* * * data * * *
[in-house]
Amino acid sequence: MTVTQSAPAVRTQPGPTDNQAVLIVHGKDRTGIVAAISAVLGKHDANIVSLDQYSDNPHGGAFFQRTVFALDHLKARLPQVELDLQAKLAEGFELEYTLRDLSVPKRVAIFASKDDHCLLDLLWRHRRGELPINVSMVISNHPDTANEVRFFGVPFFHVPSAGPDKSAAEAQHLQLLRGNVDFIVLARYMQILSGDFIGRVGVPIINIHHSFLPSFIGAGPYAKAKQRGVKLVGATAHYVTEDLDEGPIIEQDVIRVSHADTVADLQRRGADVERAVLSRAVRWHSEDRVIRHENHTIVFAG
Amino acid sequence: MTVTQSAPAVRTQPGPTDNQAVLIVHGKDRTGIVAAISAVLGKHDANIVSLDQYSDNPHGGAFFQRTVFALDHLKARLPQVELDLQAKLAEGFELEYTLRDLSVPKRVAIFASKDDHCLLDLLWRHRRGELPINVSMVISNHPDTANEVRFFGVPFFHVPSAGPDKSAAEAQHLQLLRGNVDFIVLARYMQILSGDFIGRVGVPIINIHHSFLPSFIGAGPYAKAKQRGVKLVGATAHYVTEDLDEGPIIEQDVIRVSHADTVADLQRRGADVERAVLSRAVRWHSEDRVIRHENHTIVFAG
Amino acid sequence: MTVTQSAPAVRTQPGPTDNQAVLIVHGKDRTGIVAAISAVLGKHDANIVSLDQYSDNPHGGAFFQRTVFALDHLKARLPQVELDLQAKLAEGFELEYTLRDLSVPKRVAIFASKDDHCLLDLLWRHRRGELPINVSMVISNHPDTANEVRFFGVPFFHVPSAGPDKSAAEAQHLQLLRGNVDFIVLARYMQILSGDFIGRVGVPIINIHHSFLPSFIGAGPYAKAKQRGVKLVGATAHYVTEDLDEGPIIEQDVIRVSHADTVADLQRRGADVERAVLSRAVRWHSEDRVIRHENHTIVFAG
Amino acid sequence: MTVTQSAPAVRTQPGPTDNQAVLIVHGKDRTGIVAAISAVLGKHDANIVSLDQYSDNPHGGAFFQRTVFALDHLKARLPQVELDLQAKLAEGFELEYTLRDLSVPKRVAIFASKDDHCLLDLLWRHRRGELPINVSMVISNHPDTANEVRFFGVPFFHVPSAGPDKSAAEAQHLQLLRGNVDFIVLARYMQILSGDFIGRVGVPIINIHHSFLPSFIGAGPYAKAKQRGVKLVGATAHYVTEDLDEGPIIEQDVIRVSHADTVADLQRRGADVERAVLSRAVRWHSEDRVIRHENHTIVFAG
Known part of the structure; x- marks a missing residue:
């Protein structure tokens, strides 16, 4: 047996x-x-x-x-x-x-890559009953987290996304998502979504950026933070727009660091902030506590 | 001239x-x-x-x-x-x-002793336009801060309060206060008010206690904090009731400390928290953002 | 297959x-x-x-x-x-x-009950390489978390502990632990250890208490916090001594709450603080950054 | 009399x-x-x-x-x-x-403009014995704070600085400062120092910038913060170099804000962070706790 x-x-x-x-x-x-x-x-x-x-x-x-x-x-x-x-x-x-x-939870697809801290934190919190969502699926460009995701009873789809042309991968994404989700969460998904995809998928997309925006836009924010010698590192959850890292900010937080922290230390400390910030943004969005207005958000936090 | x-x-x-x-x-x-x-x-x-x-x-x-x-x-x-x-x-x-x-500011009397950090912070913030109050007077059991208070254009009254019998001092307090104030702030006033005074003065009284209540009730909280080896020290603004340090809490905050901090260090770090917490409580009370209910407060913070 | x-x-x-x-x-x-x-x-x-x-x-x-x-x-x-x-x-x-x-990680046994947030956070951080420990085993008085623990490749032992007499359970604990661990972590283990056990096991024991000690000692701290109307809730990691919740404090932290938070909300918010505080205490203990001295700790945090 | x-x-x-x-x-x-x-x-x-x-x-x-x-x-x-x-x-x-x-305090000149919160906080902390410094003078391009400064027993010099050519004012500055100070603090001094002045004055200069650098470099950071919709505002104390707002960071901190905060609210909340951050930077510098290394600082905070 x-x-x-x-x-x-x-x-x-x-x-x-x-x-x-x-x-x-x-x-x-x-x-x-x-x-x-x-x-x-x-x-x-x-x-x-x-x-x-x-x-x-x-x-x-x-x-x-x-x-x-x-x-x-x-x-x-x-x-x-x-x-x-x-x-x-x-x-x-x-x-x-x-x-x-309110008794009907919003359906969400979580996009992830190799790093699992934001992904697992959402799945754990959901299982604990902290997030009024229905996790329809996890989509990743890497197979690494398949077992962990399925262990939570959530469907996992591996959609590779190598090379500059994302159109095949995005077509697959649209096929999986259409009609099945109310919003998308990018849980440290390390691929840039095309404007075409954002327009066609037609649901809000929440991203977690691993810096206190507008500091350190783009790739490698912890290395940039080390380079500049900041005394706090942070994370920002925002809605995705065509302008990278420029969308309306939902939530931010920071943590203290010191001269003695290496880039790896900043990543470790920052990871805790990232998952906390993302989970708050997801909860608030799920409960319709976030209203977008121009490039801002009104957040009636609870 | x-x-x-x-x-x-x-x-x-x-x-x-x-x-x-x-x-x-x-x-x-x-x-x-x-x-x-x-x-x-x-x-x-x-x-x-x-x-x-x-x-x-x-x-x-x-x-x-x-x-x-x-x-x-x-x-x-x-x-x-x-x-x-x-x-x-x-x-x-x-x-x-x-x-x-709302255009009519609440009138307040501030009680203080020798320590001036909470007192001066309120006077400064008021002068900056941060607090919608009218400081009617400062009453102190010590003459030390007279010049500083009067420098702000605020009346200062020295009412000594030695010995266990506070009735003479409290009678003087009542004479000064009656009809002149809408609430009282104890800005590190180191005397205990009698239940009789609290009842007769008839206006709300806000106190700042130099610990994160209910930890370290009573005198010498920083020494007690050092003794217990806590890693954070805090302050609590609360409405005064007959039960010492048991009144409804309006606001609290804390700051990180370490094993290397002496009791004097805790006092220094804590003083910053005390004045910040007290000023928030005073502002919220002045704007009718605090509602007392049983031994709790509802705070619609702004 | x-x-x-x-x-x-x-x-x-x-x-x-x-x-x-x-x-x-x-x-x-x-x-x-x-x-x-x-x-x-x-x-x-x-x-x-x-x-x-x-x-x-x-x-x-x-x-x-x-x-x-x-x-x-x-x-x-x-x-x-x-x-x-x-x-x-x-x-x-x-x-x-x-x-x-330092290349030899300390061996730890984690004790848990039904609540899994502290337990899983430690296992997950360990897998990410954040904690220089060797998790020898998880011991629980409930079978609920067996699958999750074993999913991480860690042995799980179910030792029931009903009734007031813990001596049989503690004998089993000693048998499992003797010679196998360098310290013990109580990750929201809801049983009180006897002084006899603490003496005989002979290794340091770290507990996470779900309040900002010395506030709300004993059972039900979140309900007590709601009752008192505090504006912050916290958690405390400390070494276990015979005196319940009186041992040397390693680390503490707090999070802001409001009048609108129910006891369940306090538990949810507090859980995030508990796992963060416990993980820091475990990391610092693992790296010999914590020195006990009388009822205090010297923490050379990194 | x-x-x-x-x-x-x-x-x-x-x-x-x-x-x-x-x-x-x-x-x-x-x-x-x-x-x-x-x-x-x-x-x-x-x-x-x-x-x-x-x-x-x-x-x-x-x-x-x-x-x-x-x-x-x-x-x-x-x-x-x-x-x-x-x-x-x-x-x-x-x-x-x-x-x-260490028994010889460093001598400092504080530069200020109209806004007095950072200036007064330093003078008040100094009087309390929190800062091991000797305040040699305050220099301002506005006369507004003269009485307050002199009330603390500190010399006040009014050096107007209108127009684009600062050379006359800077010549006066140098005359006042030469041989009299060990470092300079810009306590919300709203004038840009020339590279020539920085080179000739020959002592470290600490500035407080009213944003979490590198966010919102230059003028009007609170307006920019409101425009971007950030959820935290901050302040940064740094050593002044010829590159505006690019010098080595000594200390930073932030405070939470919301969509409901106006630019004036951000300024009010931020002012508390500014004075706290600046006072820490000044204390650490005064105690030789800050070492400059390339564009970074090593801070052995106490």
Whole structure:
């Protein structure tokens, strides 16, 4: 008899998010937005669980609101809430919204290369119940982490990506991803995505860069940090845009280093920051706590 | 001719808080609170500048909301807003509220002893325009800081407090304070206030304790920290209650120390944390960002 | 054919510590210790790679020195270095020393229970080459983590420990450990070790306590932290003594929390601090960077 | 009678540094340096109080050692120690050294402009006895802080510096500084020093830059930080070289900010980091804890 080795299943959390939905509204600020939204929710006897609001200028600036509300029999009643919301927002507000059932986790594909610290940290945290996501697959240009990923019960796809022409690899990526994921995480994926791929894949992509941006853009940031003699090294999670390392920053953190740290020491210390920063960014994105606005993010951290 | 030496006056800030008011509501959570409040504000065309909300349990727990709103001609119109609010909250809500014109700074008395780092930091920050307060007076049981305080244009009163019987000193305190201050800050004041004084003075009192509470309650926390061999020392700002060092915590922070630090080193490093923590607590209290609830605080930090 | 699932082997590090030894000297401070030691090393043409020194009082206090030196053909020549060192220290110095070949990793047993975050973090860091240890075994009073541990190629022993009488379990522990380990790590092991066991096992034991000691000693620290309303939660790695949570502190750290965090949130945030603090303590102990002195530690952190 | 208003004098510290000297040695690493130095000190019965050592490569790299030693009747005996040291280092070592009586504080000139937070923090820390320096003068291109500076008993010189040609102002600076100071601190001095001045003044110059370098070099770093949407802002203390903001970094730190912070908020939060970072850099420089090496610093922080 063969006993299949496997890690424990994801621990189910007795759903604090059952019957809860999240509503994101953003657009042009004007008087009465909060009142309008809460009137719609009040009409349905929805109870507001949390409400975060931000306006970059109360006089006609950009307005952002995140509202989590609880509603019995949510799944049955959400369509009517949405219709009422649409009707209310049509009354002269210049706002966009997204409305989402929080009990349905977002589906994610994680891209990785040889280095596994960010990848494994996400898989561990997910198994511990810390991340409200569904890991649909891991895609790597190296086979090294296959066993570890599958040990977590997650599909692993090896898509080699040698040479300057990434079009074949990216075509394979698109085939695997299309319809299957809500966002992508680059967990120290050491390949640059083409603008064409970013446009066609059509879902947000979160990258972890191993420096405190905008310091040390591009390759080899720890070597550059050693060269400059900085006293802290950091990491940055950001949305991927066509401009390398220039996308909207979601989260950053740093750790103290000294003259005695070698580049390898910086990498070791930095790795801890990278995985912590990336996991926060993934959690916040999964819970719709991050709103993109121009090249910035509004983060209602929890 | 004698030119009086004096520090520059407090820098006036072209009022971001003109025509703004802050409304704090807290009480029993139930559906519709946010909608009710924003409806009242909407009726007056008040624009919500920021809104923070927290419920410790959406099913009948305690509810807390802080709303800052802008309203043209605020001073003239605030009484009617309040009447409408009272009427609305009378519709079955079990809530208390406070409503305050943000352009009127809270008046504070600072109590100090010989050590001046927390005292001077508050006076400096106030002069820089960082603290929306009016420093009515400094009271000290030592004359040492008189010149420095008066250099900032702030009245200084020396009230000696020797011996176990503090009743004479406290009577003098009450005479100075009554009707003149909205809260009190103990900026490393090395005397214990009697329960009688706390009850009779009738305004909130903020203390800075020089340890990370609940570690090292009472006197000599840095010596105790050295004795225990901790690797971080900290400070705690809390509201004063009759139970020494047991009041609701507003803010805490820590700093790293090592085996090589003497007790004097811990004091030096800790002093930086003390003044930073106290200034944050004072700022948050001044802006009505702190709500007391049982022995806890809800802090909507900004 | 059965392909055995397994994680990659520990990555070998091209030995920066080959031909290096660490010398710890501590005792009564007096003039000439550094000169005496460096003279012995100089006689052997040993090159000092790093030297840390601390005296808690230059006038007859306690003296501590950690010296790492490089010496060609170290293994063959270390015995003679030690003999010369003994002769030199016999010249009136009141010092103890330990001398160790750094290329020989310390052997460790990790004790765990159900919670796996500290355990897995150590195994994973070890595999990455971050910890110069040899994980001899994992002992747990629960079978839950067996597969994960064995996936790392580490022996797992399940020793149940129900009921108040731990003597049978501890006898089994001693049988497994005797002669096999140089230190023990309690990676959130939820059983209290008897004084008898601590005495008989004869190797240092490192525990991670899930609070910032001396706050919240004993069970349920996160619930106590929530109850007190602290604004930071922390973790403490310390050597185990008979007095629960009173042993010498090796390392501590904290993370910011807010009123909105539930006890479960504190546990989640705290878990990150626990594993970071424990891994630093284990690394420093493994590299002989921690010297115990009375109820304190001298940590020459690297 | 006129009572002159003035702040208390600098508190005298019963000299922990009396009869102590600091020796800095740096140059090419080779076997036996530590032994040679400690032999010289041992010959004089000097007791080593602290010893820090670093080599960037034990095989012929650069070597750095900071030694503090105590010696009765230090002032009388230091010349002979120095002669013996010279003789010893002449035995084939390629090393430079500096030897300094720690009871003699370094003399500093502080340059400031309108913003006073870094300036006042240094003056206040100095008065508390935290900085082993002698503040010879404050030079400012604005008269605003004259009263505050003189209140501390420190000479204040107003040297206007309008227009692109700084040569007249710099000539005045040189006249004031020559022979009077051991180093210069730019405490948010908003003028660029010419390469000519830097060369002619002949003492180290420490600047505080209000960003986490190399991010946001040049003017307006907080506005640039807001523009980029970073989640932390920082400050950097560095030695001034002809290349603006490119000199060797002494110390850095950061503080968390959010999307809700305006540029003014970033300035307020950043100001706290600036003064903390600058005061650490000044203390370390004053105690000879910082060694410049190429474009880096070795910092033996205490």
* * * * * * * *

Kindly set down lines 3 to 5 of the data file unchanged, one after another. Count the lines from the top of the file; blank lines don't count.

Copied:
Amino acid sequence: MTVTQSAPAVRTQPGPTDNQAVLIVHGKDRTGIVAAISAVLGKHDANIVSLDQYSDNPHGGAFFQRTVFALDHLKARLPQVELDLQAKLAEGFELEYTLRDLSVPKRVAIFASKDDHCLLDLLWRHRRGELPINVSMVISNHPDTANEVRFFGVPFFHVPSAGPDKSAAEAQHLQLLRGNVDFIVLARYMQILSGDFIGRVGVPIINIHHSFLPSFIGAGPYAKAKQRGVKLVGATAHYVTEDLDEGPIIEQDVIRVSHADTVADLQRRGADVERAVLSRAVRWHSEDRVIRHENHTIVFAG
Amino acid sequence: MTVTQSAPAVRTQPGPTDNQAVLIVHGKDRTGIVAAISAVLGKHDANIVSLDQYSDNPHGGAFFQRTVFALDHLKARLPQVELDLQAKLAEGFELEYTLRDLSVPKRVAIFASKDDHCLLDLLWRHRRGELPINVSMVISNHPDTANEVRFFGVPFFHVPSAGPDKSAAEAQHLQLLRGNVDFIVLARYMQILSGDFIGRVGVPIINIHHSFLPSFIGAGPYAKAKQRGVKLVGATAHYVTEDLDEGPIIEQDVIRVSHADTVADLQRRGADVERAVLSRAVRWHSEDRVIRHENHTIVFAG
Amino acid sequence: MTVTQSAPAVRTQPGPTDNQAVLIVHGKDRTGIVAAISAVLGKHDANIVSLDQYSDNPHGGAFFQRTVFALDHLKARLPQVELDLQAKLAEGFELEYTLRDLSVPKRVAIFASKDDHCLLDLLWRHRRGELPINVSMVISNHPDTANEVRFFGVPFFHVPSAGPDKSAAEAQHLQLLRGNVDFIVLARYMQILSGDFIGRVGVPIINIHHSFLPSFIGAGPYAKAKQRGVKLVGATAHYVTEDLDEGPIIEQDVIRVSHADTVADLQRRGADVERAVLSRAVRWHSEDRVIRHENHTIVFAG